Crazy spicy

And there we were. I'd say that we had more success this time-- those dumplings really elevate Pure's game. This past visit converted me from a Pure skeptic to one who appreciates having Land-style dumplings a little closer to home.

Pure Thai Shophouse
766 Ninth Avenue, between 51st and 52nd Streets

Wednesday, March 16, 2011

Excitement to come

A bit of silence on my part this week, I know, but lots of posts to come. And for a taste of what's on tap, hear this:

In my wine century club question, I am currently at... drumroll please... NINETY-NINE wines! That means one more wine (and I've been saving a good one, promise me) and I'm done, done done! Stay tuned...

Thursday, March 10, 2011

Bathtubs of wine and inadvertent art at Casellula

Last Sunday, I met up with AS at Casellula for a drink, a bite, and a chat session. It was pouring sheets of humid, chilly rain, and Casellula was warm and dimly lit and inviting, so the scene was right.

As you may know, I'd been to Casellula before, so there weren't all that many surprises. But what did make an appearance were huge, bathtub-sized glasses of wine. Seriously-- props to Casellula for extremely generous pours; I'd estimate each glass of wine was really the size of two (or more) regular glasses. AS got the pinot noir, which she praised as interesting and a bit different from what she'd expected. I got a glass of the goldmuskateller, a wine I'd never had before. It turned out to be truly delicious-- ever so slightly sweet, alluringly fragrant, and all around addictive. If I ever see this intriguing variety on a restaurant wine list, I'd definitely order it again.



To go with our wine, we ordered a dish of olives. This was the standard tasty marinated mix with a good variety of the glossy, salty orbs. At one point I managed to spill about half the cup when attempting to spear an olive with my fork; fortunately, in my infinite talents, my spill turned out to be extremely artful. Behold, a food installation:

So artistic!

AS also indulged in a beet and brussels sprout salad. While the salad was tasty, particularly with the flavorful pecorino cheese, it took a few bites to realize that the bed of shredded lettuce was actually the sprouts. Given that brussels sprouts can be so delicious when caramelized and roasted, raw, shredded sprouts seem a bit of a waste, no?

Looks like shredded lettuce

We had quite a good time sitting at the bar and watching the cook assemble the appealing dishes, from cheesy panini sandwiches to huge slices of kumquatsicle cake (yes, really), in the tiny "kitchen" workspace. And we had quite a good time drinking our wine and eating our food. What's not to like?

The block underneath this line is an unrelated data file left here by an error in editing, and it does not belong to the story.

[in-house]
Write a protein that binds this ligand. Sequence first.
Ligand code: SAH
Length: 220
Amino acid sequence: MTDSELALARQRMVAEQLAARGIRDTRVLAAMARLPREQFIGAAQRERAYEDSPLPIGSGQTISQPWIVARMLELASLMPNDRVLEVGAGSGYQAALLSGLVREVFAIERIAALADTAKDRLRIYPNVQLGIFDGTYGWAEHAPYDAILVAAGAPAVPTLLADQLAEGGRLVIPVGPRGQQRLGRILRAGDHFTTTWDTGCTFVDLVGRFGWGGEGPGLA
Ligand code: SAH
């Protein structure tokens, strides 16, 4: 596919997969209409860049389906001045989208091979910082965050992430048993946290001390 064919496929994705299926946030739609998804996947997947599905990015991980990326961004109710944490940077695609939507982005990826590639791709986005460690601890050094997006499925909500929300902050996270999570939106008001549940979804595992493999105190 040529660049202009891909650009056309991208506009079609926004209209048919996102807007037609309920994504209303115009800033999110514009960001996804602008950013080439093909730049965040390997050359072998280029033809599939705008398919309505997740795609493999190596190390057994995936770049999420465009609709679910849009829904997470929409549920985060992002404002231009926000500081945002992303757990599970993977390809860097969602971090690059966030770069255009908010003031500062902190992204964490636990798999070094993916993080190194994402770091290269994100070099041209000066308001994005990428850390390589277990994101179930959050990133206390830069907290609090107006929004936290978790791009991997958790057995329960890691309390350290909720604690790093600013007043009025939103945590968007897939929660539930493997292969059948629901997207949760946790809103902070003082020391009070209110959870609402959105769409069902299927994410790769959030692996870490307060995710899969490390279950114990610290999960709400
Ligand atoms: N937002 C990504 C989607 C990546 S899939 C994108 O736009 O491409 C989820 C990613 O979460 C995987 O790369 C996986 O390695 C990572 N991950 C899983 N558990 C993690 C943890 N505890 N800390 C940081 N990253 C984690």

401 W. 52nd Street at 9th Avenue

Tuesday, March 8, 2011

Ruby et violette ushers in a new phase of existence

Readers, you know that I am nothing if not honest. On Life With Food and Drink, I give you the truth, the honest truth, nothing but the truth, so help me (restaurant) God(s). And so here's another bit of unvarnished truth: I've made a mistake. A huge mistake.

I've lived in Hell's Kitchen for almost four years now, if you include a summer before I moved here officially. And all that time I've been erring. Badly. Because here's the situation: Before last week, I'd never been to Ruby & Violette, a little cookie and ice cream shop a mere TWO BLOCKS from my apartment.

What a fool I've been. Sure, it's unassuming, a tiny sunken storefront that looks like a cross between a '50s soda shop and Alice in Wonderland's living room. There are a couple tables and a counter, and that's it. Except that's not it: Behind the counter lies some of the (if not THE, point-blank) city's best ice cream.

The concept behind Ruby & Violette's ice cream is cookie dough-- each flavor is packed with chunks of their creative cookie dough concoction. And by chunks, I do mean chunks, each a bit bigger than a Starburst and just as chewy and dense. Oh, and there are large chocolate chips in most of the flavors too.

I tried the Friday Night Foosball flavor, with peanut butter ice cream and Chex-mix packed cookie dough and some Chex mix pieces sprinkled in throughout. It was a rich, peanut buttery blast.

Oh, and each taste is like three bites in itself

But my first taste, and my ultimate selection, was First Kiss, a caramel ice cream with dark chocolate chips and hunks of sea-salt-flecked dark chocolate cookie dough. The caramel flavor of the ice cream was cool and pure and perfect in combination with the incredibly rich cookie dough and the snappy dark chocolate pieces. One scoop of this is enough to fill the hungriest belly.

A tall cup and a classy-looking silver plastic spoon

Oh, and if they happen to offer you a "taste" of their brownie while you're waiting, don't turn it down. It just may be damn near the best brownie you've ever tasted, fudgy and melting, simultaneously rich and light, a texture alchemy that doesn't seem possible.

Brownie bite

I just spent the last four years without this ice cream, and now I have a whole heck of a lot of catching up to do. Don't make the same mistake I did.

Ruby et Violette
457 W. 50th Street, near 10th Avenue